BD: Canon, can you tell us a little bit about what your role is with the ACC. What does the deputy secretary-general do?
GC: My job is two-fold. I look after the ecumenical affairs portfolio. I staff and service all the bilateral conversations between the AC and our ecumenical partners. And as deputy secretary-general, I have responsibility for all aspects of the Windsor process. So anything thrown out of the WR in the life of the Communion, that comes as part of my job as well.
BD: So you worked on things like the Panel of Reference & other things that came out of . . .
GC: Yeah, that was my responsibility to have to be secretary of the Lambeth Commission, of the Panel of Reference, of the Covenant Design Group, now for the Windsor Continuation Group. So all of those things I have to pick up.
BD: So, basically ever since the WR thing has come out, you’ve been super busy.
GC: Yeah, I was appointed to do ecumenical affairs, but I would say approximately 60% of my time is spent on Windsor stuff and the AC.
BD: Well it has been said . . . that it actually sort of makes some sense now that we’ve spent so much time working on ecumenical affairs but very little time working on the relationships between the churches of the AC, that maybe this was sort of an inevitability and maybe an important one. Would you agree?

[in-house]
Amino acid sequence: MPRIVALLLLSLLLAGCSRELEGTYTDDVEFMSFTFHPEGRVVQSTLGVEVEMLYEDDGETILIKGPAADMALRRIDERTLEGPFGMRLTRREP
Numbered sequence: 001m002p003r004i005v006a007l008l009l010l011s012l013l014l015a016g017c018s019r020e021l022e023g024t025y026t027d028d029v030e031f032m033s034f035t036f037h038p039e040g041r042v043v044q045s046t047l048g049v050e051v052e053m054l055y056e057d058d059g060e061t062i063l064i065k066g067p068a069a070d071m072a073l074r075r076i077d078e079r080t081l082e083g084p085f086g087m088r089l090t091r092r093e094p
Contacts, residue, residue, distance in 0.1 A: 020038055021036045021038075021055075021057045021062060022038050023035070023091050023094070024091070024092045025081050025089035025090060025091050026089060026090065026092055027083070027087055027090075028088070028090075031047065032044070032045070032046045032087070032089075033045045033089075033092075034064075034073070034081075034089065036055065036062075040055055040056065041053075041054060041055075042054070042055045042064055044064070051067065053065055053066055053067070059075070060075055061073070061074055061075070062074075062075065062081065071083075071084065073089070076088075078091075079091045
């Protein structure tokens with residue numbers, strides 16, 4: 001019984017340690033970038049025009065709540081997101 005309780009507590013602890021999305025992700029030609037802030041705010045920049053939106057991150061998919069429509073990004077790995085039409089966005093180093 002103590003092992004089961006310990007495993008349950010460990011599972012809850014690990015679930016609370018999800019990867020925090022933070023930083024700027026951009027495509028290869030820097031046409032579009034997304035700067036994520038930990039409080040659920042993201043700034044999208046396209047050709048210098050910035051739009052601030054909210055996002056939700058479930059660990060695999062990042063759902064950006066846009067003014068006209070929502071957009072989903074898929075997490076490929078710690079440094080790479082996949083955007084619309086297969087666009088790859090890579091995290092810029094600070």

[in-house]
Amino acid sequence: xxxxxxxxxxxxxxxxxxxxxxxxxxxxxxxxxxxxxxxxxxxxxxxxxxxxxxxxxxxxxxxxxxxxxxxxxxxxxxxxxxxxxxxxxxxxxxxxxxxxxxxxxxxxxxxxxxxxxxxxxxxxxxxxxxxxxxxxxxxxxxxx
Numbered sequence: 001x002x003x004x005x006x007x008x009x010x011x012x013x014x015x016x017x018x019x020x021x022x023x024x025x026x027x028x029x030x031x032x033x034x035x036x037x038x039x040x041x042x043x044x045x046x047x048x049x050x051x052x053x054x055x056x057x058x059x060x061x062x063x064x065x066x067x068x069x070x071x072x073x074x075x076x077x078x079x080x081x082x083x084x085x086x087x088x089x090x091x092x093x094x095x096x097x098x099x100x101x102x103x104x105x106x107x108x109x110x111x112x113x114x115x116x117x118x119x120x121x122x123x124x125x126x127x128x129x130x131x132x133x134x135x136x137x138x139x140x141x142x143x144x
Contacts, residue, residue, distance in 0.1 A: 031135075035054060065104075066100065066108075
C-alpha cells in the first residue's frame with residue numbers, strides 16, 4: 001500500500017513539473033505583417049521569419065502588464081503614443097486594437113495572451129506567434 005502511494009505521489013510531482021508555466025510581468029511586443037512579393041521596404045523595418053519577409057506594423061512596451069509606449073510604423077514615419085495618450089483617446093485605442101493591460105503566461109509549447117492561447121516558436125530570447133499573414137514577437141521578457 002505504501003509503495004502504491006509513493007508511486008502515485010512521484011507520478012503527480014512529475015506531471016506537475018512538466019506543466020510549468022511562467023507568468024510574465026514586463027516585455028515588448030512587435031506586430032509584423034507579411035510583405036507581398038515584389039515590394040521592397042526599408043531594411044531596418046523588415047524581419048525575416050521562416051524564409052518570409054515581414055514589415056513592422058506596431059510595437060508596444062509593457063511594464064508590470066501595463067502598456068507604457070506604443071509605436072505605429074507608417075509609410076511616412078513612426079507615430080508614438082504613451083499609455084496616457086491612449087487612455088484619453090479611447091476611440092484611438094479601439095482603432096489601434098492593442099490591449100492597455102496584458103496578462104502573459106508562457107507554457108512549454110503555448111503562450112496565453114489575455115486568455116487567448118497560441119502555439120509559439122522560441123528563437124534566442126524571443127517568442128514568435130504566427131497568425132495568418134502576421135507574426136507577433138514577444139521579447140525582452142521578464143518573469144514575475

GC: Maybe . . . ultimately the task is the same. Because what we are about is the relationship between different churches, and we’re trying to understand how we live into full communion between the churches. Essentially, there should be no difference between the relationship between the Anglican Church of the Southern Cone and the relationship the Anglican Church of Australia, just to pick two provinces at random, and the relationship of Anglican Church of Aoteroa New Zealand and the Roman Catholic Church, because we’re trying to build communion between them. What I think one would expect is one would expect that the relationship of communion between two churches of the Anglican tradition would naturally be much stronger than the relationship of communion between two different churches of different traditions. But of course at this stage in the life of the AC, the obverse is sometimes true. People feel stronger links to churches of other traditions than they may do to another church of the AC.
BD: Well, isn’t some of the point of what you would be doing as the ecumenical officer to engage in what I will jokingly call collective bargaining on behalf of all the churches in the AC with the Roman Catholic Church, the Orthodox churches, and so on.